Don’t Blame Scientists!

Dr. Nathan Lewis, George L. Argyros Professor of Chemistry, has been on the faculty at the California Institute of Technology since 1988 and has served as Professor since 1991. He has also served as the Principal Investigator of the Beckman Institute Molecular Materials Resource Center at Caltech since 1992. From 1981 to 1986, he was on the faculty at Stanford, as an assistant professor from 1981 to 1985 and as a tenured Associate Professor from 1986 to 1988. Dr. Lewis received his Ph.D in Chemistry from the Massachusetts Institute of Technology.
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TRANSCRIPT

Question: Do you think that part of the slowdown comes from the fact that scientists conceal research for their own benefit? 

Nate Lewis: I think that there is more of a perception problem in this particular instance than a real systemic problem. First of all, in energy technology as opposed to studying fundamental observations like the issue of, did the climate researchers not release all the data that they might have otherwise have wanted to release into the public, or should have released? That doesn’t really affect whether or not the earth is getting warmer or not. Of course it is getting warmer. And of course glaciers are melting. You can’t hide the fact that glaciers are all melting all over our planet regardless of whether or not you did or didn’t release one data point here or there. It doesn’t change anything that anybody with two eyes open can’t see.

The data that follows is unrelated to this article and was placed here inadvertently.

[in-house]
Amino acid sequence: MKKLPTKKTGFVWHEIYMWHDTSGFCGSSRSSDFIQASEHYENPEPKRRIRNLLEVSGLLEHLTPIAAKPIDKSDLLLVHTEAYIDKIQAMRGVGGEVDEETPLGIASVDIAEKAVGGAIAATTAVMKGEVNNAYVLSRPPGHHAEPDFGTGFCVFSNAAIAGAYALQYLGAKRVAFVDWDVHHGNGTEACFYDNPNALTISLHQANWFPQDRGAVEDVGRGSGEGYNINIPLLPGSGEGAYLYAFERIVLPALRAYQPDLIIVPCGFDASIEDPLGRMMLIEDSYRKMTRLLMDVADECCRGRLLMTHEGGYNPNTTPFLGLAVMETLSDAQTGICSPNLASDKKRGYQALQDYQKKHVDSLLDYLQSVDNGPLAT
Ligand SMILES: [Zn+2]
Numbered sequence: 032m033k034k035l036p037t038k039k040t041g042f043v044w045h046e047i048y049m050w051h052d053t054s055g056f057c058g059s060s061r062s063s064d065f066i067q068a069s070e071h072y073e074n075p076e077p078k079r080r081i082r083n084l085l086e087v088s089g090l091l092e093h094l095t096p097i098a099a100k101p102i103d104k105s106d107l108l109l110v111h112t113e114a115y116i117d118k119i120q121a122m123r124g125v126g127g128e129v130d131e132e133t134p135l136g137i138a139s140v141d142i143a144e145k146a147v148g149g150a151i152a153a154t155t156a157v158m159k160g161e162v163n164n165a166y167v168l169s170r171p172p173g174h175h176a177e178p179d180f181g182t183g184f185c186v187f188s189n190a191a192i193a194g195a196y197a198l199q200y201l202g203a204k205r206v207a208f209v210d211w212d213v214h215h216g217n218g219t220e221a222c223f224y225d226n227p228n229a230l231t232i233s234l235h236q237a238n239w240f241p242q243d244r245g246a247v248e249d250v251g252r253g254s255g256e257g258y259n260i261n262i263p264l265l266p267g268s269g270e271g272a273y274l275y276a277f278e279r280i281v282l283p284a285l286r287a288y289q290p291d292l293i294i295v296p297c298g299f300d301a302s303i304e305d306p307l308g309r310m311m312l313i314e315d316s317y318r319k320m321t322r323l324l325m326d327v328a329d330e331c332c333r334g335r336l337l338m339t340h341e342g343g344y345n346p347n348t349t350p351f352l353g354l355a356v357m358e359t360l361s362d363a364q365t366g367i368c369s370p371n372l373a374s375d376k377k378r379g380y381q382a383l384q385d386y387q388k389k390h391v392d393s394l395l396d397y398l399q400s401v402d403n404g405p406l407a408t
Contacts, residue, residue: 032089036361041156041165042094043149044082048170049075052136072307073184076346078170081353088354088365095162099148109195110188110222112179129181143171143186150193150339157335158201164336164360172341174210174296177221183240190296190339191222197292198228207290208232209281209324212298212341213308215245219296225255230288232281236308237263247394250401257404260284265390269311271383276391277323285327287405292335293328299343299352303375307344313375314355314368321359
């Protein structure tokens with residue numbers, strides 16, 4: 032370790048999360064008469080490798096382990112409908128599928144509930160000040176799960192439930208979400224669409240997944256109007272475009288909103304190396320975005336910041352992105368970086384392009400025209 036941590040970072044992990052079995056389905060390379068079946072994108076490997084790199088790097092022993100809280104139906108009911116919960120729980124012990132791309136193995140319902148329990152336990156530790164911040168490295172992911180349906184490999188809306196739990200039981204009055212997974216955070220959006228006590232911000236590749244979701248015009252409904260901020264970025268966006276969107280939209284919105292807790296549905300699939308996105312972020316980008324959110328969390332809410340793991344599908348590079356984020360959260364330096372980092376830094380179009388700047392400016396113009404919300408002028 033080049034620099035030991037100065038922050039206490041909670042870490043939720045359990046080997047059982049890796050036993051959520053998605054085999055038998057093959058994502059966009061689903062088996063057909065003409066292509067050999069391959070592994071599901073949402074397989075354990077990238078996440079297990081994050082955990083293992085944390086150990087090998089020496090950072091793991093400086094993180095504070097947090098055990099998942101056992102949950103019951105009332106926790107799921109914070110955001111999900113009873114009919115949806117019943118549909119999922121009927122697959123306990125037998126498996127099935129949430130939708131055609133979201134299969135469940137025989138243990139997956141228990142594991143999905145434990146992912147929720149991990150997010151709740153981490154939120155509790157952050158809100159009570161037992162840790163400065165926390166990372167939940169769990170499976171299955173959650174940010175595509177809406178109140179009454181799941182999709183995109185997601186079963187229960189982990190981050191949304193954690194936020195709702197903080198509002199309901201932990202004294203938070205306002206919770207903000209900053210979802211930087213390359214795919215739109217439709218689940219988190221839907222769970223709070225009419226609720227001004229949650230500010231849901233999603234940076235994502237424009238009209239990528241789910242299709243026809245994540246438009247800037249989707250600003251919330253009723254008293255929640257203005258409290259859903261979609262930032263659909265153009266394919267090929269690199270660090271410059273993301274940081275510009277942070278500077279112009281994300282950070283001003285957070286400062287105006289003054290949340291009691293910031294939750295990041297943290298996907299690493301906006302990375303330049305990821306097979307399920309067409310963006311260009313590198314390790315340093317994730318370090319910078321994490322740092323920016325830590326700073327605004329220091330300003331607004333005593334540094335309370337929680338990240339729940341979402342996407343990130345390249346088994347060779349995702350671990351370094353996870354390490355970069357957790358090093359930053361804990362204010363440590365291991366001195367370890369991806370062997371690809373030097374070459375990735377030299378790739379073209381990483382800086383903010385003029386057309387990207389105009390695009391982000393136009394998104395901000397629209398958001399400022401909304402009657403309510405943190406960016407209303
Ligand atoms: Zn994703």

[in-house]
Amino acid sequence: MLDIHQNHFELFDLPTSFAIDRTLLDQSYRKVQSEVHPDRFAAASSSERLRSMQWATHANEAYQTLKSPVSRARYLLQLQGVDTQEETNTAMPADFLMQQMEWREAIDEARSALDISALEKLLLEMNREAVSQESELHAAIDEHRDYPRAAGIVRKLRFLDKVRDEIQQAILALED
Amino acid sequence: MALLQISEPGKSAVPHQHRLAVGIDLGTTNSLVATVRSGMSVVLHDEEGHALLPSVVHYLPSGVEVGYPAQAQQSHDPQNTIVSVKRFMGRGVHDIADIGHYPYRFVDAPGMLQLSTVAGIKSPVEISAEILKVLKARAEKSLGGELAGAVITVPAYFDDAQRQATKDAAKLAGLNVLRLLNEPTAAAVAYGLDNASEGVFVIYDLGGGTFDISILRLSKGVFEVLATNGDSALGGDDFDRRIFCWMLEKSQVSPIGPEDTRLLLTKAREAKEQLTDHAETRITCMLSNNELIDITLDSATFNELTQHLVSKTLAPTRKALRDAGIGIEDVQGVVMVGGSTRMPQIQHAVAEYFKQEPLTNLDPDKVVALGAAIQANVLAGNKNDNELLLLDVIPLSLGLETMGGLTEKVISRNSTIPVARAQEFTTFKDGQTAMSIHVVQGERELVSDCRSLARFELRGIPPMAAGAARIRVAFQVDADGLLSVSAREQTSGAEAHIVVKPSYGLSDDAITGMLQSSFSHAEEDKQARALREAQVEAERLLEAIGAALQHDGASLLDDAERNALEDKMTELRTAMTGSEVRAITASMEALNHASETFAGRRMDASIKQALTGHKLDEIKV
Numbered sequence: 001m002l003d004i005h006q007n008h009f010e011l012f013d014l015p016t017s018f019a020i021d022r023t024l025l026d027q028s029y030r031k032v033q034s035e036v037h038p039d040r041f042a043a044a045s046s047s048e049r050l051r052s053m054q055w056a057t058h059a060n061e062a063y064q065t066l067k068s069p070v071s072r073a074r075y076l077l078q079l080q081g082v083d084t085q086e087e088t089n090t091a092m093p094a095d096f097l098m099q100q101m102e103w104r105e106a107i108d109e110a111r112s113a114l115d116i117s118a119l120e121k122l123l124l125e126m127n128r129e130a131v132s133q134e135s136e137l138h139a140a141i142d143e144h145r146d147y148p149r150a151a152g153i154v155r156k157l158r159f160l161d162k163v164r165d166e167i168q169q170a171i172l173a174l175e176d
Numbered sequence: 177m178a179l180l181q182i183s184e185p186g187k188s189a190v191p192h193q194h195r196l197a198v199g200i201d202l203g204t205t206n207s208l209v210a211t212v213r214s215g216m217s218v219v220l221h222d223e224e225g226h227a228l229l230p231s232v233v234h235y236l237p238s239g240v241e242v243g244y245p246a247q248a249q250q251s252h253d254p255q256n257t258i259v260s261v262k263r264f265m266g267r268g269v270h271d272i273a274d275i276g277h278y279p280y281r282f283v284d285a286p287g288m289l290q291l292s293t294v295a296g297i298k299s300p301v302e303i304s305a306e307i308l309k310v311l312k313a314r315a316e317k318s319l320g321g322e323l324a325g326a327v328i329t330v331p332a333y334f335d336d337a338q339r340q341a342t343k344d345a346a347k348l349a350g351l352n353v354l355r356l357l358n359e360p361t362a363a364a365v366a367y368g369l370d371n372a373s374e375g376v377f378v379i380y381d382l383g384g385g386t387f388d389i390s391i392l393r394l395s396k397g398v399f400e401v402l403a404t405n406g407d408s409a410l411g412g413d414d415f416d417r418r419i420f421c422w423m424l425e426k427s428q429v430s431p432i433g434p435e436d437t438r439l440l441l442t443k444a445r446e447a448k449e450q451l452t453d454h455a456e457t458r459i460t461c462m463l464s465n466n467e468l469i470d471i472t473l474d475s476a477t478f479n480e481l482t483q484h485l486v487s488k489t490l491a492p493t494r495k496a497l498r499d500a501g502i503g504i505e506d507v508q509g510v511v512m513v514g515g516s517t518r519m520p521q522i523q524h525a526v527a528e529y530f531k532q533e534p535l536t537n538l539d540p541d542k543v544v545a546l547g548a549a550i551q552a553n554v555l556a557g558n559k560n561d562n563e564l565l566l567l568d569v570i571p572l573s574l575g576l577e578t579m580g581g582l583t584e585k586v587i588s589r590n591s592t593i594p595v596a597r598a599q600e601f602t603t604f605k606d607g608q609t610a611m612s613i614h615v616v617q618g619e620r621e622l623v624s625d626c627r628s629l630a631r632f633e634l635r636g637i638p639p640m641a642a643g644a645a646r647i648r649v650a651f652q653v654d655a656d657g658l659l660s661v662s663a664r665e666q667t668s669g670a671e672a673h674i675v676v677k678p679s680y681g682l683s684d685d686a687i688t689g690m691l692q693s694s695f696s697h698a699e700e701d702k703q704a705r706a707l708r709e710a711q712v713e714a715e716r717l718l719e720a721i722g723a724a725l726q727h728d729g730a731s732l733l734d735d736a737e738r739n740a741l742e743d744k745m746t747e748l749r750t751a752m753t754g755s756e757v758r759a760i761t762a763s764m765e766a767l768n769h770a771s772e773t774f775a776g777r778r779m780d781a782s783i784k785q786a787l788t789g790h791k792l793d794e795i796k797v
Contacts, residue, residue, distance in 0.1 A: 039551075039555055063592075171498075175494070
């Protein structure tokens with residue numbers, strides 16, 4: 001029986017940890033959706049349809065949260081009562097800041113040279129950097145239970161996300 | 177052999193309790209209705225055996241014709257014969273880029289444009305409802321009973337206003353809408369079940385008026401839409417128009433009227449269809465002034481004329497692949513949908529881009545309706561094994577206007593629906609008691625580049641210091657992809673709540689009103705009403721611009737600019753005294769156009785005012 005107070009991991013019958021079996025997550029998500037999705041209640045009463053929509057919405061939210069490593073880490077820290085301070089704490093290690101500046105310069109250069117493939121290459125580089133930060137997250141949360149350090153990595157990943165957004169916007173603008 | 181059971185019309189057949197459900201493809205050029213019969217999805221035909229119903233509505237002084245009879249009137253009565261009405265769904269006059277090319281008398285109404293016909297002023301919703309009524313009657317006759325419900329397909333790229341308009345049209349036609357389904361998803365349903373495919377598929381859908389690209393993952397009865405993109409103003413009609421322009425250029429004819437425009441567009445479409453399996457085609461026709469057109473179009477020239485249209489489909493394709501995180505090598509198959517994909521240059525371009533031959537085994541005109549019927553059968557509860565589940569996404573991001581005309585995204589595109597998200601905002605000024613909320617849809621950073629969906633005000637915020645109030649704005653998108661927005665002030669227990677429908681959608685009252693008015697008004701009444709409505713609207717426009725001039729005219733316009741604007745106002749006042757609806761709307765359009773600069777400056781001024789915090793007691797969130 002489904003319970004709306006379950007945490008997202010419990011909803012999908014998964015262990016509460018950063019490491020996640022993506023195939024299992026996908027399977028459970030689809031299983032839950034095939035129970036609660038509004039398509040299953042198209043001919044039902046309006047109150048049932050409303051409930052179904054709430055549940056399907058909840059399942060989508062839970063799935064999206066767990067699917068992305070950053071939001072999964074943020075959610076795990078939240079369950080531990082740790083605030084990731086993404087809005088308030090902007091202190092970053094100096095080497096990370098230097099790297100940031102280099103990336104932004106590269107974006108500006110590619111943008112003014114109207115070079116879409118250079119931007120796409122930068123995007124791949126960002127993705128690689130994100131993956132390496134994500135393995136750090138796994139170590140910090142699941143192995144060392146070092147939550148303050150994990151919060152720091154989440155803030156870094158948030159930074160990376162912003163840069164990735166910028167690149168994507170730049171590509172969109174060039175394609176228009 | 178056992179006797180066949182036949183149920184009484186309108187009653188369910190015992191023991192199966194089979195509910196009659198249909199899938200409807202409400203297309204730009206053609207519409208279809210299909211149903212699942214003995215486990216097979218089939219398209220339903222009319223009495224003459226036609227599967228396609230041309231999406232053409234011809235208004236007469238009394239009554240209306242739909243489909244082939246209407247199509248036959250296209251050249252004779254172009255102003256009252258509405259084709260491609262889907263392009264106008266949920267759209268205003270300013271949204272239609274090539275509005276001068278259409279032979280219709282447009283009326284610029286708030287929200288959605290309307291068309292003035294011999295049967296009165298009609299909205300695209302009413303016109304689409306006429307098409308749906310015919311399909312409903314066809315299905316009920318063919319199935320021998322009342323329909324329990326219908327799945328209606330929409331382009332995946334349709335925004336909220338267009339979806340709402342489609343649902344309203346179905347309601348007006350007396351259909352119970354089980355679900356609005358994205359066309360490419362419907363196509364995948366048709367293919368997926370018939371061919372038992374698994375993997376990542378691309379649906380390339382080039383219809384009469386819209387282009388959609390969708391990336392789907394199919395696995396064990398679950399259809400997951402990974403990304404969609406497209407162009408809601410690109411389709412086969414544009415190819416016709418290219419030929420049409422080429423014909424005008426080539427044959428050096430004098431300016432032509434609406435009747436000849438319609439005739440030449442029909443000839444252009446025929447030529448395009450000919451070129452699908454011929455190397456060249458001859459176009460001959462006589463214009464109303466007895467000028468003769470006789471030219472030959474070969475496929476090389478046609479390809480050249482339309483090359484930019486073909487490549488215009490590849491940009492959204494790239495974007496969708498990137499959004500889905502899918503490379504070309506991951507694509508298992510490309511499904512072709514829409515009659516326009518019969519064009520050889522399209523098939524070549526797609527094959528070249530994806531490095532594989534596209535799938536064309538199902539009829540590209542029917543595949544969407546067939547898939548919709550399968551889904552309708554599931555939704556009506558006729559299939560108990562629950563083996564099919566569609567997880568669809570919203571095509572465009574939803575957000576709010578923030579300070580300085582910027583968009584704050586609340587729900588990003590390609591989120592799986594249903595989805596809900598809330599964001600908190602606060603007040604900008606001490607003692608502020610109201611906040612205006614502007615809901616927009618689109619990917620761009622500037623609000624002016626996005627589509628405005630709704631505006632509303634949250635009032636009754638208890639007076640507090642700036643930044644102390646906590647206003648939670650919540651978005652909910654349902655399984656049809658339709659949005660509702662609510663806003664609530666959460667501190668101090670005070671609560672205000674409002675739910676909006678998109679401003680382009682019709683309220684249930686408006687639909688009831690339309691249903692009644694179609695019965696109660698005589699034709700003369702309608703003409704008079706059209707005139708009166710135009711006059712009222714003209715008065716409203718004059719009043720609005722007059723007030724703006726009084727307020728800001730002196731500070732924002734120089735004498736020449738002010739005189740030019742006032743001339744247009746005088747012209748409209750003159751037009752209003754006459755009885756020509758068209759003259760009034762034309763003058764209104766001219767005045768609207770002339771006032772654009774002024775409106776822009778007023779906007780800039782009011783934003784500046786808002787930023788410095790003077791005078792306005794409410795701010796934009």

At the same time, in energy technology, you can’t hide it if it works or not, because either this device saves energy and people buy it and find it out, or it doesn’t. Either your car gets more miles per gallon on the showroom than the next one, or it doesn’t. Either the solar farm makes electricity, or it doesn’t. It’s pretty hard to say that you’re eliminating or slowing down the rate of progress in this area because you’re concealing the fact that you can really do a lot of good things with clean, cheap energy that you didn’t’ tell anybody about. So, I don’t think it’s really an issue in that part of this problem. 

Recorded on February 3, 2010

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